Ganglioglioma

Overview


Tumour Group: Gliomas and Non-Malignant Brain Tumours
WHO Grade: Grade I
Prevalence/Incidence:  
Typical Age Range:  

Contents
Description of Tumour
Symptoms
Treatment / Standard of Care
Prognosis
References

Description of Tumour


Gangliogliomas are generally slow-growing tumours and may occur anywhere in the brain although the temporal lobe and cerebellar hemispheres are the most common sites.

They are non-malignant tumours that arise from ganglia-type cells. 

Symptoms


Limited information regarding the symptoms of ganglioglioma.

Treatment / Standard of Care


Treatment is usually total removal by surgery. On occasion, radiation therapy is used.

Prognosis  


A prognosis is an estimate of the likely progress of a disease after a diagnosis, based on an average patient group. Since every person is different, please take time to talk with your health care team about how this information applies to you.

By clicking on 'Expand,' a statistic on the prognosis for gangliogliomas will be shown.

Expand for Prognosis Information

For brain tumour patients, a prognosis depends on several factors, which can include age and other health issues, the size of the tumour, its molecular profile, the type of tumour, how much can be removed, and its response to treatments such as chemotherapy and radiation therapy.

Limited information available for this type of tumour and/or related conditions.

References


Image credited to Oluwole Fadare et al. [CC-BY-2.0 (http://creativecommons.org/licenses/by/2.0)], via Wikimedia Commons

 

Sarah was first diagnosed with a ganglioglioma when she was 10 years old. The two years leading up to that were filled with seizures but Sarah and her family strived to make the time as normal as they could. Today, ten years later, Sarah is doing extremely well, finishing university and aims to be a counsellor for children and teens who have been through major surgery.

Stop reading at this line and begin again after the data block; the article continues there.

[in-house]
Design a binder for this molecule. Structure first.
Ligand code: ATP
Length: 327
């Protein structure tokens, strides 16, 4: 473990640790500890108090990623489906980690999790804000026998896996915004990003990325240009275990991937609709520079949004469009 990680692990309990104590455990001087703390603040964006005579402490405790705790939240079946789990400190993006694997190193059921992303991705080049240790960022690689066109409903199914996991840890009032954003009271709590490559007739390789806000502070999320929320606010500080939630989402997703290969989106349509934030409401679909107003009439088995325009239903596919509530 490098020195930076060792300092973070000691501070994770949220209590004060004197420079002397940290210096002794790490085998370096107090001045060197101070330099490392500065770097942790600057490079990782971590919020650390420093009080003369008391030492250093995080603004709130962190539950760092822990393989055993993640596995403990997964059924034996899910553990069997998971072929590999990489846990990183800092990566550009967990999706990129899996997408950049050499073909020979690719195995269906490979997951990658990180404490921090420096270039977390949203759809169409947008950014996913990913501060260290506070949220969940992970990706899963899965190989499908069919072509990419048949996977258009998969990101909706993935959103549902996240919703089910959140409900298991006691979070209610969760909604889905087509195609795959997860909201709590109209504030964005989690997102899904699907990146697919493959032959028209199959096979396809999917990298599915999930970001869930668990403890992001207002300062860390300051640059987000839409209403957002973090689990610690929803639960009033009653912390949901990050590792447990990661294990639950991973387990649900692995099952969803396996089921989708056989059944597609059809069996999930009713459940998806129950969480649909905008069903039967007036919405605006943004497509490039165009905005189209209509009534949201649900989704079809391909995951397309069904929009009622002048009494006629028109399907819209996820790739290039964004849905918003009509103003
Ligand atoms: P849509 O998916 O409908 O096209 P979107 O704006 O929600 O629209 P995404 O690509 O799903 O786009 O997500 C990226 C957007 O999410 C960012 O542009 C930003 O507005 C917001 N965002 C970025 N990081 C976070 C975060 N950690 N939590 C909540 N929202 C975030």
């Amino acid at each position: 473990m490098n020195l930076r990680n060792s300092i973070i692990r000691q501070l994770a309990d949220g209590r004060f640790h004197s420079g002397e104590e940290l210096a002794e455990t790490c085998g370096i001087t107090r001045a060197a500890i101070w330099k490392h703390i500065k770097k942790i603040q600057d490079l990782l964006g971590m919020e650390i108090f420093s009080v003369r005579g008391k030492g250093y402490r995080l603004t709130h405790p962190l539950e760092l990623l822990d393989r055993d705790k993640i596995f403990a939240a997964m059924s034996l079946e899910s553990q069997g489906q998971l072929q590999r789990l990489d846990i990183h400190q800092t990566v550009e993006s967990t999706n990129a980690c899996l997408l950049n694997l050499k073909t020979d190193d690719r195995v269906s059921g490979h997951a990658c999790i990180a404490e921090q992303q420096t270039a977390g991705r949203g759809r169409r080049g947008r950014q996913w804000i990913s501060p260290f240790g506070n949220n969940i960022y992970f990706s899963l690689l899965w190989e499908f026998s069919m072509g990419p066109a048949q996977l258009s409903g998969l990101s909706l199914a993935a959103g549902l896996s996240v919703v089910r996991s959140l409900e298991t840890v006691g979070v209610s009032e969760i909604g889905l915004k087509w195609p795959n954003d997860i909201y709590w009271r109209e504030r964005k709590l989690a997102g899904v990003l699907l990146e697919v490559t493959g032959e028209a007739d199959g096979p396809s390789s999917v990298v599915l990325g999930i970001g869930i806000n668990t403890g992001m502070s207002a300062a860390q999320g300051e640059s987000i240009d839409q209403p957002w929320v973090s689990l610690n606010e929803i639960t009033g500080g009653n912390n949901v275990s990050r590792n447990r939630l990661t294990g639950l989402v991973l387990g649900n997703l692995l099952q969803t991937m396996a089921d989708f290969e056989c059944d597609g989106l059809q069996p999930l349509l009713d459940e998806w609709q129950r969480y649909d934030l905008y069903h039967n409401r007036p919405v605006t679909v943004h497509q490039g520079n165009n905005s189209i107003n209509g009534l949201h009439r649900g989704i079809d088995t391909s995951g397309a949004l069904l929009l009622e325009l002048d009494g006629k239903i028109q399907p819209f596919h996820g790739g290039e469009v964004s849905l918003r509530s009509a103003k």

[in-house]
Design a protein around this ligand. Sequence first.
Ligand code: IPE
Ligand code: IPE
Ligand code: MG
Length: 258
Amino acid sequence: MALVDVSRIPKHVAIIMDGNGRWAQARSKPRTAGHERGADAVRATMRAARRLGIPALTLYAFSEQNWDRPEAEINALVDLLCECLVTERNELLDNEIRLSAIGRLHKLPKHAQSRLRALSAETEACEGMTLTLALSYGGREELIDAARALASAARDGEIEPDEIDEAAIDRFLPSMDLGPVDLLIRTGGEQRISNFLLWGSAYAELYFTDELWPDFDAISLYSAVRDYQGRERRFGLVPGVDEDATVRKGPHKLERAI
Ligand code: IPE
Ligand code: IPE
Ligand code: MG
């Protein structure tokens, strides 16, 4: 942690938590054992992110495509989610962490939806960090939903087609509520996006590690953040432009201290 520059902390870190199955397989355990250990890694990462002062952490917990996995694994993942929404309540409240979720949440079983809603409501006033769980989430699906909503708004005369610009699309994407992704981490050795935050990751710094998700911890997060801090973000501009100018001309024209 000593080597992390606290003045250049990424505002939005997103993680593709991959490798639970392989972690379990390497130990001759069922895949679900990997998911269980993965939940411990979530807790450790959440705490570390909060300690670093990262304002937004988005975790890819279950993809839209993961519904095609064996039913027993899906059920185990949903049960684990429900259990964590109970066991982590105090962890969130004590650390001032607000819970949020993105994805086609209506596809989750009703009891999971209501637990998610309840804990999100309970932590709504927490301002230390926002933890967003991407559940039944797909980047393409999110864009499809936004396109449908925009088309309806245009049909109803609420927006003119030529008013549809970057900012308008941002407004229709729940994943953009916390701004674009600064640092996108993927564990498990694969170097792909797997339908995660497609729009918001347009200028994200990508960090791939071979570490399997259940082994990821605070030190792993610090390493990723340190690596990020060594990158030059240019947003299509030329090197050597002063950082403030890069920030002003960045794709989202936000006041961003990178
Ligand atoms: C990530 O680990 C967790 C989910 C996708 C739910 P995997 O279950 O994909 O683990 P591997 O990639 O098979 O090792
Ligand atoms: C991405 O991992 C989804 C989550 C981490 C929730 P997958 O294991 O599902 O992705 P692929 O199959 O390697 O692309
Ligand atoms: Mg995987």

Read Sarah's inspiring story >>

 

Share This

Featured Story

Youth Education Award recipient update

This my update since completing University: Since being diagnosed with a brain tumour, life has not been easy for me; University was no exception. I had my fair share of struggles during my time in school. I failed some and struggled in most classes, but overall, I had a great experience. I found myself taking on a new set of challenges, and changing my original plan of majoring in psychology, to double majoring in psychology and gerontology with a minor in French.

Learn more

Spotlight

Make every brain tumour count

Stephanie, a 38-year-old mother of twins has been diagnosed with an extremely rare and inoperable brain tumour - a rosette-forming...

Learn more

Piper's Story: a dream more precious than Olympic gold

Hi, I am Piper Gilles. You may know me as a world-famous ice dancer. I competed in the PyeongChang 2018 Olympic Winter Games. I am a 7...

Learn more

Upcoming Events

  • 22/Sep/2019: Montreal Marathon 2019: Montreal, QC... Learn more >
  • 22/Sep/2019: KIDSTOCK 2019: Canadian Tire Parking Lot, Woodstock, ON... Learn more >
  • 25/Sep/2019: Toronto Support Group: Meets at Wellspring Westerkirk House at Sunnybrook, Toronto, ON... Learn more >
  • 25/Sep/2019: Ottawa Support Group: Meets at the Maplesoft Centre at 1500 Alta Vista Drive, Ottawa, ON.... Learn more >
View All Events >
Thank you to the donors whose contributions make this website and all programs, services and research possible.

Copyright © 2019 Brain Tumour Foundation of Canada. Charitable Registration #BN118816339RR0001